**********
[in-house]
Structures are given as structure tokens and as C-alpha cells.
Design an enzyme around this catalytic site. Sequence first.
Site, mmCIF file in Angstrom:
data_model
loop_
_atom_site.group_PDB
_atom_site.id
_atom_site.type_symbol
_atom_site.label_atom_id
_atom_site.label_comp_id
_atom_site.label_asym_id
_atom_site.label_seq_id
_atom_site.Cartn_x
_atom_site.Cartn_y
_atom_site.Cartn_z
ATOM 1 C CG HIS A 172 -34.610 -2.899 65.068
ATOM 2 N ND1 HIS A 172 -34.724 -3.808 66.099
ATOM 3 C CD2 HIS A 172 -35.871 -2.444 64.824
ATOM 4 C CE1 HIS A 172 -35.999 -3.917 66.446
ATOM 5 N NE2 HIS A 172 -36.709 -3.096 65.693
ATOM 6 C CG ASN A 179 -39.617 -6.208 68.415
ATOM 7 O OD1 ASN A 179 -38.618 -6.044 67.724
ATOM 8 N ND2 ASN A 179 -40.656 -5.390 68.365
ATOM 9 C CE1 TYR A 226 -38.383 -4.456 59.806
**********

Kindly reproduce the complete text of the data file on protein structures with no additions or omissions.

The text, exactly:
[in-house]
Structures are given as structure tokens and as C-alpha cells.
Design an enzyme around this catalytic site. Sequence first.
Site, mmCIF file in Angstrom:
data_model
loop_
_atom_site.group_PDB
_atom_site.id
_atom_site.type_symbol
_atom_site.label_atom_id
_atom_site.label_comp_id
_atom_site.label_asym_id
_atom_site.label_seq_id
_atom_site.Cartn_x
_atom_site.Cartn_y
_atom_site.Cartn_z
ATOM 1 C CG HIS A 172 -34.610 -2.899 65.068
ATOM 2 N ND1 HIS A 172 -34.724 -3.808 66.099
ATOM 3 C CD2 HIS A 172 -35.871 -2.444 64.824
ATOM 4 C CE1 HIS A 172 -35.999 -3.917 66.446
ATOM 5 N NE2 HIS A 172 -36.709 -3.096 65.693
ATOM 6 C CG ASN A 179 -39.617 -6.208 68.415
ATOM 7 O OD1 ASN A 179 -38.618 -6.044 67.724
ATOM 8 N ND2 ASN A 179 -40.656 -5.390 68.365
ATOM 9 C CE1 TYR A 226 -38.383 -4.456 59.806